Gore Vidal
[Writer, b. 1925, West Point, New York, lives in Ravello, Italy and Los Angeles.]

 For half a century photography has been the “art form” of the untalented. Obviously some pictures are more satisfactory than others, but where is credit due? To the designer of the camera? To the finger on the button? To the law of averages? 

Dziga Vertov
[Artist and filmmaker, b. 1896, Bialystok, d. 1954, Moscow.]

 I’m an eye. A mechanical eye. I, the machine, show you a world the way only I can see it. I free myself for today and forever from human immobility... My way leads towards the creation of a fresh perception of the world. Thus I explain in a new way the world unknown to you. (1923) 

Inez Van Lamsweerde
[Photographer, b. 1963, Amsterdam, Netherlands, lives in Amsterdam.]

 My works have nothing to do with reality. I am not interested in a version of daily reality. The works show a new mental world. 

Vincent Van Gogh
[Artist, b. 1853, Zundert, Netherlands, d. 1890, Auvers-sur-Oise, France.]

 I always think photographs abominable, and I don’t like to have them around, particularly not those of persons I know and love... photographic portraits wither much sooner than we ourselves do, whereas the painted portrait is a thing which is felt, done with love or respect for the human being that is portrayed.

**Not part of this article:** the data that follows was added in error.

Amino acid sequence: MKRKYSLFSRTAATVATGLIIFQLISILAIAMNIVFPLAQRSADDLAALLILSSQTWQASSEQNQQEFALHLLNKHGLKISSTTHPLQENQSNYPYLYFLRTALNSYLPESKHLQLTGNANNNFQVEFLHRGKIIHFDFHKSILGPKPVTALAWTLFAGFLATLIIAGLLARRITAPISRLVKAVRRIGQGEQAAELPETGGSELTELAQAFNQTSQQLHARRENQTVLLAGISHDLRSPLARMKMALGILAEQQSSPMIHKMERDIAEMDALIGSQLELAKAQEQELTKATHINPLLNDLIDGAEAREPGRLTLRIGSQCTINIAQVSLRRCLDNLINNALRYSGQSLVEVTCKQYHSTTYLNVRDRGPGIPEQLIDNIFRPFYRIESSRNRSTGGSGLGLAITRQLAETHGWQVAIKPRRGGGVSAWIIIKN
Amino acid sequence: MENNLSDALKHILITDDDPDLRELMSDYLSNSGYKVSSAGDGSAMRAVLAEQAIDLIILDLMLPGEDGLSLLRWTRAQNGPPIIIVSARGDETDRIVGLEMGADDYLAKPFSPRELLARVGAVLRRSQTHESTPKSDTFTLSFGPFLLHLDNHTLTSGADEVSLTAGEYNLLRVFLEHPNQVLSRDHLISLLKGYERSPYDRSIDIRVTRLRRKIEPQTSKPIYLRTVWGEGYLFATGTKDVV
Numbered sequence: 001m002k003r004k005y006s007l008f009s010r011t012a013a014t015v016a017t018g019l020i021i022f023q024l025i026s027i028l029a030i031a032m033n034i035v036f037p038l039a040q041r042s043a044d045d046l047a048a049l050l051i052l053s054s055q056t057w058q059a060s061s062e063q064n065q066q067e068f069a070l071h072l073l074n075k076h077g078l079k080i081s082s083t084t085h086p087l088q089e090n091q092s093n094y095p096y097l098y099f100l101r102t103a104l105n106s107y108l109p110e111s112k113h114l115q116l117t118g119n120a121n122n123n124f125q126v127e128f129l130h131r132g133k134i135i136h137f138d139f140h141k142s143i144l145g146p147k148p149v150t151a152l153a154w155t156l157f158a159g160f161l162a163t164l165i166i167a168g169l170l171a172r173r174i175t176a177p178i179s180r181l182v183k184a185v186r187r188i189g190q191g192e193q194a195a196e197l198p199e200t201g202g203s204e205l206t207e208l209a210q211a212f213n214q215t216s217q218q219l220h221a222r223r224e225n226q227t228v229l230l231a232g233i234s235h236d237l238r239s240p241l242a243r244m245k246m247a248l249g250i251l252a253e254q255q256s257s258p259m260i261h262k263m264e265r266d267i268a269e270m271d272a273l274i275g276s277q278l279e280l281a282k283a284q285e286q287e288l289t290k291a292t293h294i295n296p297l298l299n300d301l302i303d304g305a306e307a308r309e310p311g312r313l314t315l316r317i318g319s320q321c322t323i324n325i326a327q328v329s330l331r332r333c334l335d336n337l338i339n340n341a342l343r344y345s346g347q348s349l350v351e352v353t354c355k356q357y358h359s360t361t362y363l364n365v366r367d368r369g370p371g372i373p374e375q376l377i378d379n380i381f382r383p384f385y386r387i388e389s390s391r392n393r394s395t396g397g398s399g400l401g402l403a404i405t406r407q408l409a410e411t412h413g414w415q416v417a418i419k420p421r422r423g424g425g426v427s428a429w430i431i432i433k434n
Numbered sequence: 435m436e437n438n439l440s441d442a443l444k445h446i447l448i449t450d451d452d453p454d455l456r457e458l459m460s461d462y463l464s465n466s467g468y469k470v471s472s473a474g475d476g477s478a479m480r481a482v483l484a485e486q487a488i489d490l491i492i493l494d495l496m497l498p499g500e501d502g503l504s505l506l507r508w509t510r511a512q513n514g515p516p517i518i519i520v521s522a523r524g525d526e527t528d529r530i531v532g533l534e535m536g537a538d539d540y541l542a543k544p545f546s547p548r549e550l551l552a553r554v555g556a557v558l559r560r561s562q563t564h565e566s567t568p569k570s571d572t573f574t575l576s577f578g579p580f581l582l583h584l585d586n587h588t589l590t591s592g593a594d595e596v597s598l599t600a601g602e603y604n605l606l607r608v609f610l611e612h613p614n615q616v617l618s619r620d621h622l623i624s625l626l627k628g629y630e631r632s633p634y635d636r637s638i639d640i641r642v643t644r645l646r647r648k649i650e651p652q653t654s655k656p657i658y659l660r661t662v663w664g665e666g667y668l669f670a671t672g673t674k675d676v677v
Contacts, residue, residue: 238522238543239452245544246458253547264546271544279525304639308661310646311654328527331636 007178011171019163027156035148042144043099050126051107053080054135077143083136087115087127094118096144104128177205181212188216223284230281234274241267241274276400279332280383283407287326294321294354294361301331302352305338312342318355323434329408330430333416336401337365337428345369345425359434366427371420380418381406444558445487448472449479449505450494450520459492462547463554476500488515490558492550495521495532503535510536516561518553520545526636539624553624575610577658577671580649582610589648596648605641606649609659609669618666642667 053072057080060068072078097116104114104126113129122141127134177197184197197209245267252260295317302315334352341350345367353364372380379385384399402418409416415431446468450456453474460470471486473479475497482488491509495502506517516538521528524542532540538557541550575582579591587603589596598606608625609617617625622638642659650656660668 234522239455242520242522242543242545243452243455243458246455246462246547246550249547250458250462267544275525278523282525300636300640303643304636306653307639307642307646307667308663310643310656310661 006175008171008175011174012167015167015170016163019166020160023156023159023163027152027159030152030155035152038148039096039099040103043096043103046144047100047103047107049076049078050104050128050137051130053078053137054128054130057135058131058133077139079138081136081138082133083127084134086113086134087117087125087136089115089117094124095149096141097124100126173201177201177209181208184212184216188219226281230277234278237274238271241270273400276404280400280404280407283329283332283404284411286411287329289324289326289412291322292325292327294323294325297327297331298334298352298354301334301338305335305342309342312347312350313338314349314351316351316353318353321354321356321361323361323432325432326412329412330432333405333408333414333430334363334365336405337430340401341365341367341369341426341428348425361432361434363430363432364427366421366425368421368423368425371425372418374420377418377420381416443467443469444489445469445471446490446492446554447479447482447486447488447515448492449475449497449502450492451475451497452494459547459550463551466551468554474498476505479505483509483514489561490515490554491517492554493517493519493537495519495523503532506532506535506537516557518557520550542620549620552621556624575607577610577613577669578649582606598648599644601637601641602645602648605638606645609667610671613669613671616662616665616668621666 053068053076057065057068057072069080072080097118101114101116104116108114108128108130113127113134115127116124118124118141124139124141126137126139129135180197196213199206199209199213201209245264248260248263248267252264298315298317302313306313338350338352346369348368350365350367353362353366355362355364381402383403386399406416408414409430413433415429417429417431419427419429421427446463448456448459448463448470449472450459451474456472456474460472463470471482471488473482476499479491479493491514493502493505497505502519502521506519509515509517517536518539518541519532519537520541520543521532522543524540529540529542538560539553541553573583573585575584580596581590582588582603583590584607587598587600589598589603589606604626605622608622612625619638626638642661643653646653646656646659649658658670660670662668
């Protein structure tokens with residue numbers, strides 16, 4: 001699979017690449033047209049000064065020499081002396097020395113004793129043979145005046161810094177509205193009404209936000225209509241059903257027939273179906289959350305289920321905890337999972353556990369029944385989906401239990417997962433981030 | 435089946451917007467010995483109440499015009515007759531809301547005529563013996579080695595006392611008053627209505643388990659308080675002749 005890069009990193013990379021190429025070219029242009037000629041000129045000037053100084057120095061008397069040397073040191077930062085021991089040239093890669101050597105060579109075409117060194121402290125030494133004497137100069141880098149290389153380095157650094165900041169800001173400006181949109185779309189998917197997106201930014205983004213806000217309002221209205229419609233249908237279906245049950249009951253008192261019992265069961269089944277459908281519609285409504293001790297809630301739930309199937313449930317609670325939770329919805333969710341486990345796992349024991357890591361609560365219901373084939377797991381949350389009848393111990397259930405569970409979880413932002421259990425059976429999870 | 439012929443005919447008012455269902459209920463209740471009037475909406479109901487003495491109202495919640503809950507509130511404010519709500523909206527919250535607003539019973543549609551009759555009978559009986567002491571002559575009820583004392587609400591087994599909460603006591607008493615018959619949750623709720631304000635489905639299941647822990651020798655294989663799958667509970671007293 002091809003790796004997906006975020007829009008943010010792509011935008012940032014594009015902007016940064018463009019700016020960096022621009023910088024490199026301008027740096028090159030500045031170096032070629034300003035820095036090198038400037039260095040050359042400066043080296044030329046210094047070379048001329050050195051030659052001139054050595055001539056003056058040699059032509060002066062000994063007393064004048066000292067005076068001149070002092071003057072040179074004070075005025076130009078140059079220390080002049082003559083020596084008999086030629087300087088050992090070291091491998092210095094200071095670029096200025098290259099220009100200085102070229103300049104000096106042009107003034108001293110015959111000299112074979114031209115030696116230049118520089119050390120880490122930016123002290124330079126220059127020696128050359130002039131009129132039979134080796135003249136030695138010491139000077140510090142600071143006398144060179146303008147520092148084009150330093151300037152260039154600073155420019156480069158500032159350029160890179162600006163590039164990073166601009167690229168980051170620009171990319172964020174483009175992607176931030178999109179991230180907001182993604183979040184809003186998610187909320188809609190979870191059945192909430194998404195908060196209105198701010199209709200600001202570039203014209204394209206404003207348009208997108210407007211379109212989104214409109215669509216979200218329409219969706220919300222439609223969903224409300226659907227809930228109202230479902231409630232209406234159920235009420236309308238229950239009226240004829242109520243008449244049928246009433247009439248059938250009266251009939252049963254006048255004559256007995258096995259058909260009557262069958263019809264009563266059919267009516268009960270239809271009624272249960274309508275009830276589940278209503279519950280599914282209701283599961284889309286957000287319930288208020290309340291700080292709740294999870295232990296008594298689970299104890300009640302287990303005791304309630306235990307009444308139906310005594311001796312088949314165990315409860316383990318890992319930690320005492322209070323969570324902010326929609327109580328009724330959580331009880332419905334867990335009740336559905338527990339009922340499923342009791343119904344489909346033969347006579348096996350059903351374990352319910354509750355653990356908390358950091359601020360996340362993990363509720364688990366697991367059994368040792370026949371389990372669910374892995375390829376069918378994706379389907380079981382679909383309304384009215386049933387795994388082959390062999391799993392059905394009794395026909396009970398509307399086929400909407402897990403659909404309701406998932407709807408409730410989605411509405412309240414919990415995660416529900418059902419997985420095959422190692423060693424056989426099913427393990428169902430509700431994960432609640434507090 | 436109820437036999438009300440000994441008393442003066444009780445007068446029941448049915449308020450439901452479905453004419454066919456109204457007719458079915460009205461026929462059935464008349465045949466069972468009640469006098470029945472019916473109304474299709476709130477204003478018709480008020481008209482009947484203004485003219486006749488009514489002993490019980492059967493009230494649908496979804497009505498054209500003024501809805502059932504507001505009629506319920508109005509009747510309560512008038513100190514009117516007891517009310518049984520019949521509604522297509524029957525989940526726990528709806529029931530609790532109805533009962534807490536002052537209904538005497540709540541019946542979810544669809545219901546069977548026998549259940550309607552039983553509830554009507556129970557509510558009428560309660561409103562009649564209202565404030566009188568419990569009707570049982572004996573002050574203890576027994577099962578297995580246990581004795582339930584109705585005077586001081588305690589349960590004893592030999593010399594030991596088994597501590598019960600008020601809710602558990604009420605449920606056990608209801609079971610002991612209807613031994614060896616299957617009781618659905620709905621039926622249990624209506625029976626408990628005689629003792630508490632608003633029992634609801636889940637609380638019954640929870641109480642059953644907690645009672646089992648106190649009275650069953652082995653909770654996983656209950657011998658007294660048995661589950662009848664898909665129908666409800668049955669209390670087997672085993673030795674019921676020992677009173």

Carole Vance
[Anthropologist, lives in New York.]

 Heirs to a Victorian cultural tradition that regarded sexual pleasure with profound suspicion, we greet explicit images of sexuality with anxiety and an undeveloped history of looking. Distinctions that viewers are accustomed to making—between fantasy and behavior, image and reality—become curiously evanescent when it comes to sex. Our unease increases if the sexual acts are unfamiliar or unconventional... 

Ellen von Unwerth
[Photographer, b. 1954, Frankfurt, Germany, lives in New York.]

 I don’t stand behind the camera drooling. Knowing that, the models are more likely to open up and relax. 

Paul Valéry
[Writer and poet, b. 1871, Sète, France, d. 1945, Paris.]

 Thanks to photography, the eye grew accustomed to anticipate what it should see and to see it; and it learned not to see nonexistent things which, hitherto, it had seen so clearly. 

John Vachon
[Photographer, b. 1914, St. Paul, Minnesota, d. 1975, New York.]

 One becomes keenly alive to the seeking of picture material. It becomes part of your existence to make a visual report on a particular place or environment.